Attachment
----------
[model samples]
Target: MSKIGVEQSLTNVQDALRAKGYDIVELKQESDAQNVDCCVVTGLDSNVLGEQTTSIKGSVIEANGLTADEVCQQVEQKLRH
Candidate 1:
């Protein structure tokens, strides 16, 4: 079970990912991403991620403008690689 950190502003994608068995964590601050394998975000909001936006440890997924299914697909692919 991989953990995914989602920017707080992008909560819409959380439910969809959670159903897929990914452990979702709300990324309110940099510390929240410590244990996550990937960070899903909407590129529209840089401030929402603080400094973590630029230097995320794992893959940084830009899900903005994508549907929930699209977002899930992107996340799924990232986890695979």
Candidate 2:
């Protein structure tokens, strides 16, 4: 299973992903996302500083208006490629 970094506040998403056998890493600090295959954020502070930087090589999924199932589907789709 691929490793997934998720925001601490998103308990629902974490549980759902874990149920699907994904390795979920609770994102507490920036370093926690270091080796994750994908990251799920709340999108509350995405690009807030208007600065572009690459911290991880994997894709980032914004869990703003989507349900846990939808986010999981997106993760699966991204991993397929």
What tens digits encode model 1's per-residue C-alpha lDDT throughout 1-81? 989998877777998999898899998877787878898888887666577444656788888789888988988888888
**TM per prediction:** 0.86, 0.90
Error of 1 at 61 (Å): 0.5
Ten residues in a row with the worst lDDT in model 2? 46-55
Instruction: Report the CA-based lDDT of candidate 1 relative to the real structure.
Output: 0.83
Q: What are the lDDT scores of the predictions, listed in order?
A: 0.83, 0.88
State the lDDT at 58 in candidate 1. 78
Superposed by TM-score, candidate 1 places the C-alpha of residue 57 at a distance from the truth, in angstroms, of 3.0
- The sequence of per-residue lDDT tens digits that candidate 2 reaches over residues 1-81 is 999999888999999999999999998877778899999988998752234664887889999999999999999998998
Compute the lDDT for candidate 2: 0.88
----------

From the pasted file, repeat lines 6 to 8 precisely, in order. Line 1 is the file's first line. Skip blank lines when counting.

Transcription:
């Protein structure tokens, strides 16, 4: 299973992903996302500083208006490629 970094506040998403056998890493600090295959954020502070930087090589999924199932589907789709 691929490793997934998720925001601490998103308990629902974490549980759902874990149920699907994904390795979920609770994102507490920036370093926690270091080796994750994908990251799920709340999108509350995405690009807030208007600065572009690459911290991880994997894709980032914004869990703003989507349900846990939808986010999981997106993760699966991204991993397929």
What tens digits encode model 1's per-residue C-alpha lDDT throughout 1-81? 989998877777998999898899998877787878898888887666577444656788888789888988988888888
**TM per prediction:** 0.86, 0.90